And the Captains Three called courteously from deck to scuttle-butt:,
"Good Sir, we ha' dealt with that merchantman or ever your teeth were cut.
Your words be words of a lawless race, and the Law it standeth thus:
He comes of a race that have never a Law, and he never has boarded us.
We ha' sold him canvas and rope and spar, we know that his price is fair,
And we know that he weeps for the lack of a Law as he rides off Finisterre.
And since he is damned for a gallows-thief by you and better than you,
We hold it meet that the English fleet should know that we hold him true."
The skipper called to the tall taffrail:, "And what is that to me?
Did ever you hear of a Yankee brig that rifled a Seventy-three?
Do I loom so large from your quarter-deck that I lift like a ship o' the Line?
He has learned to run from a shotted gun and harry such craft as mine.
There is never a Law on the Cocos Keys to hold a white man in,
But we do not steal the niggers' meal, for that is a nigger's sin.
Must he have his Law as a quid to chaw, or laid in brass on his wheel?
Does he steal with tears when he buccaneers? 'Fore Gad, then, why does he steal?"
The skipper bit on a deep-sea word, and the word it was not sweet,
For he could see the Captains Three had signalled to the Fleet.
But three and two, in white and blue, the whimpering flags began:
"We have heard a tale of a, foreign sail, but he is a merchantman."
The skipper peered beneath his palm and swore by the Great Horn Spoon:,
"'Fore Gad, the Chaplain of the Fleet would bless my picaroon!"
By two and three the flags blew free to lash the laughing air:
"We have sold our spars to the merchantman, we know that his price is fair."
The skipper winked his Western eye, and swore by a China storm:
"They ha' rigged him a Joseph's jury-coat to keep his honour warm."
The halliards twanged against the tops, the bunting bellied broad,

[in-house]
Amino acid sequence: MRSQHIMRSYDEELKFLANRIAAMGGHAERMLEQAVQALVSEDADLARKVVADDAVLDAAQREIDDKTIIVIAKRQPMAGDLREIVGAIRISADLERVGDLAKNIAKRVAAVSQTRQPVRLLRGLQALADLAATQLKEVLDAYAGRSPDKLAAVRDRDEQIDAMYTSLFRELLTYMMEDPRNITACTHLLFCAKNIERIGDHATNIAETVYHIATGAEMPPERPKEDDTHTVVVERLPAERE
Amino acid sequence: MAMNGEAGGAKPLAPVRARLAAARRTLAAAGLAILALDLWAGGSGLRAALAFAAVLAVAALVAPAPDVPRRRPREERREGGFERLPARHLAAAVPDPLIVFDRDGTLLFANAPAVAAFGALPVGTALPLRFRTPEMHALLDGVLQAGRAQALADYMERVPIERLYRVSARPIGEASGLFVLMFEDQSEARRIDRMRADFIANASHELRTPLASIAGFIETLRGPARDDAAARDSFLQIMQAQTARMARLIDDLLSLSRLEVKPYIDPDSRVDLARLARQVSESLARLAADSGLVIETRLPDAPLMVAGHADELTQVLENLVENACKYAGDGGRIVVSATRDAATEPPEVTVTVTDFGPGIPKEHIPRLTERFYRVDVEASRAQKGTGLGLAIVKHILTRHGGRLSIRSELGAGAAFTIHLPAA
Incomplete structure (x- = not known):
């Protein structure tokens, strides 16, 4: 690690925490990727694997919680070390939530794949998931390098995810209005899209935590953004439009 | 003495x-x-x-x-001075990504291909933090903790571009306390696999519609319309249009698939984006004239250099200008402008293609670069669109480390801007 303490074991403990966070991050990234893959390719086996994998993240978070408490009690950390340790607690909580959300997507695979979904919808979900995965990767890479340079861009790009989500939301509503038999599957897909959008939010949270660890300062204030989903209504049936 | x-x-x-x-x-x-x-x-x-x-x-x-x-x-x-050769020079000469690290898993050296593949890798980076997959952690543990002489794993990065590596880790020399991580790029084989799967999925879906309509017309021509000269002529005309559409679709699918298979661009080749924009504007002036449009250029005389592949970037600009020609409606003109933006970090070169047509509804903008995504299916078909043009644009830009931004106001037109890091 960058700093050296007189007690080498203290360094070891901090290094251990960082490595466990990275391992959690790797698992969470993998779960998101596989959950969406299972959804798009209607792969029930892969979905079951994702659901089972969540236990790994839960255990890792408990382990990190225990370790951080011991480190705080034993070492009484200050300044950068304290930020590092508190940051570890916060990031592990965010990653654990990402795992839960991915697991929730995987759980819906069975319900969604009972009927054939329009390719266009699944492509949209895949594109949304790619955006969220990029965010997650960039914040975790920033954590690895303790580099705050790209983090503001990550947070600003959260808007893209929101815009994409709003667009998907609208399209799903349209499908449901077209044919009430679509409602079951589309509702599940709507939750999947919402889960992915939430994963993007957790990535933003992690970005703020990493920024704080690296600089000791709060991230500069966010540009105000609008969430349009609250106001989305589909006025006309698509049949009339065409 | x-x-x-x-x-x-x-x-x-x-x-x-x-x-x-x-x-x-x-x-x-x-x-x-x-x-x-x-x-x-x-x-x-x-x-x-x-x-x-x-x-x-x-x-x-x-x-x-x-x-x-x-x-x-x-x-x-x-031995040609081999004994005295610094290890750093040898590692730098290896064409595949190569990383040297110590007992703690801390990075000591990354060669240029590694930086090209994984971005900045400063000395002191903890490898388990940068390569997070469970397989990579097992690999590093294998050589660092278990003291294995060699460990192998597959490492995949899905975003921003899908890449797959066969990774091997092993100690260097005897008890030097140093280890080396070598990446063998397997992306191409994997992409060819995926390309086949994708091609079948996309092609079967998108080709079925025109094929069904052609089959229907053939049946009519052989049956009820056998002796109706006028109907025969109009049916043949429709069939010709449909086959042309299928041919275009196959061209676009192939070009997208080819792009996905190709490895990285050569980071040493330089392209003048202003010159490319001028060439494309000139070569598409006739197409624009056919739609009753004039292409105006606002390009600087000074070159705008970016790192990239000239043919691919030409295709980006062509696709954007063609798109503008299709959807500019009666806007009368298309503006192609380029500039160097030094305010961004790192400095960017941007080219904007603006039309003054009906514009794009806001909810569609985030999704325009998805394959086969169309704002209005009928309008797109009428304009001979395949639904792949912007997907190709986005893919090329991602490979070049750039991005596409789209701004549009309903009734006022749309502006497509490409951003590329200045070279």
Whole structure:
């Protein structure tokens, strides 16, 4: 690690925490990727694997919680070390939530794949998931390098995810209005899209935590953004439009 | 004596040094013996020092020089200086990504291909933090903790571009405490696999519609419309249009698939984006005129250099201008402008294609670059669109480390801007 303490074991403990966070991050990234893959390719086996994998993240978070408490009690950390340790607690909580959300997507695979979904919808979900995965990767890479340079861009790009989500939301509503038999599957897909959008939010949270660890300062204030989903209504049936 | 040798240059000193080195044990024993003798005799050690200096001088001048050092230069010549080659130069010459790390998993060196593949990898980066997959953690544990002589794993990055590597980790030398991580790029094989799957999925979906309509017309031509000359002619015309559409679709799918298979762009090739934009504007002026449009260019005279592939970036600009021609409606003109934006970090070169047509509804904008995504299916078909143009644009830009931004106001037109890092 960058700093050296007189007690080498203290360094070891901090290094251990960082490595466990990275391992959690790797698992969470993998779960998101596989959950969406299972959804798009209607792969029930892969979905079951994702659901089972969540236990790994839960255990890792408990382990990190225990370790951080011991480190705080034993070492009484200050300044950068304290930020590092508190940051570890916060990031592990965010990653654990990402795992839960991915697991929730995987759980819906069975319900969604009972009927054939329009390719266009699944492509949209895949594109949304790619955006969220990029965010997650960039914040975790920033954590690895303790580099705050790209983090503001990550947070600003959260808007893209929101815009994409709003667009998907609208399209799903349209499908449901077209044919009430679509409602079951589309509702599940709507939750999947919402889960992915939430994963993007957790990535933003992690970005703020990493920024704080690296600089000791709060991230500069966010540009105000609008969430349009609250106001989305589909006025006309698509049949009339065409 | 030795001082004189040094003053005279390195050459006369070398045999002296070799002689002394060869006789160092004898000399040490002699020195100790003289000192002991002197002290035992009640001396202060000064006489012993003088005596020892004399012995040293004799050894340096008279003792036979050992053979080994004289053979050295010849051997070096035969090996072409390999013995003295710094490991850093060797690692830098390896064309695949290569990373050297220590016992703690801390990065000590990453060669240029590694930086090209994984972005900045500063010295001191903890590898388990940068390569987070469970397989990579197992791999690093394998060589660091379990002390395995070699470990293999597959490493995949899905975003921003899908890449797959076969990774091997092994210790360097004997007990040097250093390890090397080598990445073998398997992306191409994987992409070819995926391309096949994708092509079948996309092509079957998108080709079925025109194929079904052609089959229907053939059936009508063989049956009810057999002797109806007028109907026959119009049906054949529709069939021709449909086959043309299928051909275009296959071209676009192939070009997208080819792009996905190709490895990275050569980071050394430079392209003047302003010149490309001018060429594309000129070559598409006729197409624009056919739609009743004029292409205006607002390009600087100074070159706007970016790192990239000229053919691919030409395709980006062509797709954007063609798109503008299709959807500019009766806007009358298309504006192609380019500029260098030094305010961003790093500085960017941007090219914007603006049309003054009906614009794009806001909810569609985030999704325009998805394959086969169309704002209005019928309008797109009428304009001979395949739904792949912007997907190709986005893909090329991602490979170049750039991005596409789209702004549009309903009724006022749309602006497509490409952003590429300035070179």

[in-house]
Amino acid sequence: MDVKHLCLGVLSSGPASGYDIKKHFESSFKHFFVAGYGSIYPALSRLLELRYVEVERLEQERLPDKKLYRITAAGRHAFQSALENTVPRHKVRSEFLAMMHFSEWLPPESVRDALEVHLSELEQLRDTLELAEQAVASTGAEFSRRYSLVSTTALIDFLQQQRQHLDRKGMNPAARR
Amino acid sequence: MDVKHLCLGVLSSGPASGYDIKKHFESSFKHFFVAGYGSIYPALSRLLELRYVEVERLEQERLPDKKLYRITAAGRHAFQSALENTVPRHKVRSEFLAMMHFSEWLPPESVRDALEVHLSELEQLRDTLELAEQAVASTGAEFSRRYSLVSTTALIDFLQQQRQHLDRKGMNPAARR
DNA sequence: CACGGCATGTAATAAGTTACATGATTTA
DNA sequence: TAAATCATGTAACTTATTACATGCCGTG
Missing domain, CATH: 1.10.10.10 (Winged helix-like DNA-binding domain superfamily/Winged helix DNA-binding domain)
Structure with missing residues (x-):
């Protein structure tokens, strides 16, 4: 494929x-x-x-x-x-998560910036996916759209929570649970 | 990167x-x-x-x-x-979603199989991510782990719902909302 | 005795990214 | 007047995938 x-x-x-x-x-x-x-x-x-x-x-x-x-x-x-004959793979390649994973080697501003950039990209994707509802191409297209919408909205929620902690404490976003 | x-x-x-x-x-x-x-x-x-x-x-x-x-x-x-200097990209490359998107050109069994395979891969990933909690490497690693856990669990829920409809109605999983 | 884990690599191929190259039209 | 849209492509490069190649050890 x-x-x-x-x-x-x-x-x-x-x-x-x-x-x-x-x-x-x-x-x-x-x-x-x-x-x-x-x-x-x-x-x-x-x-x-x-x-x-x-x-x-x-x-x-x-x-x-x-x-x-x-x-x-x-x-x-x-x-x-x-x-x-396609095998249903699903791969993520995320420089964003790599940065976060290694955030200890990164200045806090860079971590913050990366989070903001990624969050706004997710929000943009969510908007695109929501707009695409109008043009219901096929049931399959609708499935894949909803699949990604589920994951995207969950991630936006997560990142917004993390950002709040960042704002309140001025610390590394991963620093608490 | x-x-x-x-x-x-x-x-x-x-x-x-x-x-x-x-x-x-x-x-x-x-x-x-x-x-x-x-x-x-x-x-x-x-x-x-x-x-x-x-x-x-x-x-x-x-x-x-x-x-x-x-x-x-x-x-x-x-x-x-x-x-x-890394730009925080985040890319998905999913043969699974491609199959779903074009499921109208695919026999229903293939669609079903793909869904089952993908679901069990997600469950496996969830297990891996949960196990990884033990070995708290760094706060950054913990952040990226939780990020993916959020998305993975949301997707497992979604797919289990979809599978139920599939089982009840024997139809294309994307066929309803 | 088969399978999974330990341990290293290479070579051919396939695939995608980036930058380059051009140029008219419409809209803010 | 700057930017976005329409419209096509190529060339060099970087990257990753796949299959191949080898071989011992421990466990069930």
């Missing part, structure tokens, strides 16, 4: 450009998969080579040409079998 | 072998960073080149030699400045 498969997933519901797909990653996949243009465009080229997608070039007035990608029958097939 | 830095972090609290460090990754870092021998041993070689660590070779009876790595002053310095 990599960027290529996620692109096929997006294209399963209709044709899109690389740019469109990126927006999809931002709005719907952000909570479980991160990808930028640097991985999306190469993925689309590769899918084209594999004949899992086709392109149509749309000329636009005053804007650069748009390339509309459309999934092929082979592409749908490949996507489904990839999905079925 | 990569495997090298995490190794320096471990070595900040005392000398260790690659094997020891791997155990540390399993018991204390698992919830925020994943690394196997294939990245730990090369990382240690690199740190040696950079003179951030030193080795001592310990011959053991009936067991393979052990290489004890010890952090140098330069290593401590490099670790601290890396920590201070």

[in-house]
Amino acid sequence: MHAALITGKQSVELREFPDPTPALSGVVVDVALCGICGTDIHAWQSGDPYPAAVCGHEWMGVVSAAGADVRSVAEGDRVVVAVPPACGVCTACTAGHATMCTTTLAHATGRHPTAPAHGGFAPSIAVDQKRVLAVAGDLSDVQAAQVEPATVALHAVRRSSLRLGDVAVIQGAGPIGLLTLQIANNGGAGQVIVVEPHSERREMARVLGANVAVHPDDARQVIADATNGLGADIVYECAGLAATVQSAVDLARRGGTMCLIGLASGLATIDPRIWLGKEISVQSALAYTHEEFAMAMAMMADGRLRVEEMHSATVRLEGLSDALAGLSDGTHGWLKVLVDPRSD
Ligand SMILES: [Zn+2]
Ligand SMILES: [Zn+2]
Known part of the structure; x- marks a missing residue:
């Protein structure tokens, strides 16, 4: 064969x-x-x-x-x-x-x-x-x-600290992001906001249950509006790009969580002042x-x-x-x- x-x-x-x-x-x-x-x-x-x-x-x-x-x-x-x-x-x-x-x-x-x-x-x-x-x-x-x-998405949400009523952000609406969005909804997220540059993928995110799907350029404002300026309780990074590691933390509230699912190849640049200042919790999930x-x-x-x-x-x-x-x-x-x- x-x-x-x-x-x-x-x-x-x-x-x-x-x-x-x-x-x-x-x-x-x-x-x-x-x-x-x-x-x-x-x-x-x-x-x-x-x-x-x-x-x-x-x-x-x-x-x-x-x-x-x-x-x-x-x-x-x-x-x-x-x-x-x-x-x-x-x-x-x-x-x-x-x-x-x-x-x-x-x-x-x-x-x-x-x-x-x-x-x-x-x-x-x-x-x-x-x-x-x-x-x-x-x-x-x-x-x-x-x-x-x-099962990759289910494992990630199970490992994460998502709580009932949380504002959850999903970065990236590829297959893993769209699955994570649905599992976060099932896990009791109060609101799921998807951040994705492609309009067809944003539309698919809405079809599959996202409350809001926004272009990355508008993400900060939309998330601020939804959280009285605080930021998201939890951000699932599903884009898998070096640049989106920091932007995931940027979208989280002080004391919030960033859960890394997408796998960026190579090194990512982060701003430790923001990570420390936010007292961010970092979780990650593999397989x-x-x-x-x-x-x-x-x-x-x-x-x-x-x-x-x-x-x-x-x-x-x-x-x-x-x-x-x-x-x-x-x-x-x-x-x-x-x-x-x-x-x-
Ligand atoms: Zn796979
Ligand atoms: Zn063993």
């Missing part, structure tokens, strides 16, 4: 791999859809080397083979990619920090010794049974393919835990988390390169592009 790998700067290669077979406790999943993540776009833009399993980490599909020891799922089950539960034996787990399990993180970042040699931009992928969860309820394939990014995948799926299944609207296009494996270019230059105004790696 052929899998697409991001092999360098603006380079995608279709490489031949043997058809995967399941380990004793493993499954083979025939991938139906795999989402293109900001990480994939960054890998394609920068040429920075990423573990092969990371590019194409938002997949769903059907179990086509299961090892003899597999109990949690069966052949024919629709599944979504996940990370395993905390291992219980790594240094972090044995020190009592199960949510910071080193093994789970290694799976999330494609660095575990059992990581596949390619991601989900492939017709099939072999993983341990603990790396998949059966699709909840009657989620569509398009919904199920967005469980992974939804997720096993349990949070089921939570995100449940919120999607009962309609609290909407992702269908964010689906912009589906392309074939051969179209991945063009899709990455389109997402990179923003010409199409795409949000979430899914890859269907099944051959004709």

The skipper spat in the empty hold and mourned for a wasted cord.
Masthead, masthead, the signal sped by the line o' the British craft;
The skipper called to his Lascar crew, and put her about and laughed:
"It's mainsail haul, my bully boys all, we'll out to the seas again,
Ere they set us to paint their pirate saint, or scrub at his grapnel-chain.
It's fore-sheet free, with her head to the sea, and the swing of the unbought brine,
We'll make no sport in an English court till we come as a ship o' the Line:
Till we come as a ship o' the Line, my lads, of thirty foot in the sheer,
Lifting again from the outer main with news of a privateer;
Flying his pluck at our mizzen-truck for weft of Admiralty,
Heaving his head for our dipsey-lead in sign that we keep the sea.
Then fore-sheet home as she lifts to the foam, we stand on the outward tack,
We are paid in the coin of the white man's trade, the bezant is hard, ay, and black.
The frigate-bird shall carry my word to the Kling and the Orang-Laut
How a man may sail from a heathen coast to be robbed in a Christian port;
How a man may be robbed in Christian port while Three Great Captains there
Shall dip their flag to a slaver's rag, to show that his trade is fair!"
Create a library and add your favorite stories. Get started by clicking the "Add" button.
Add The Rhyme Of The Three Captains
to your own personal library.
Add The Rhyme Of The Three Captains
to your own personal library.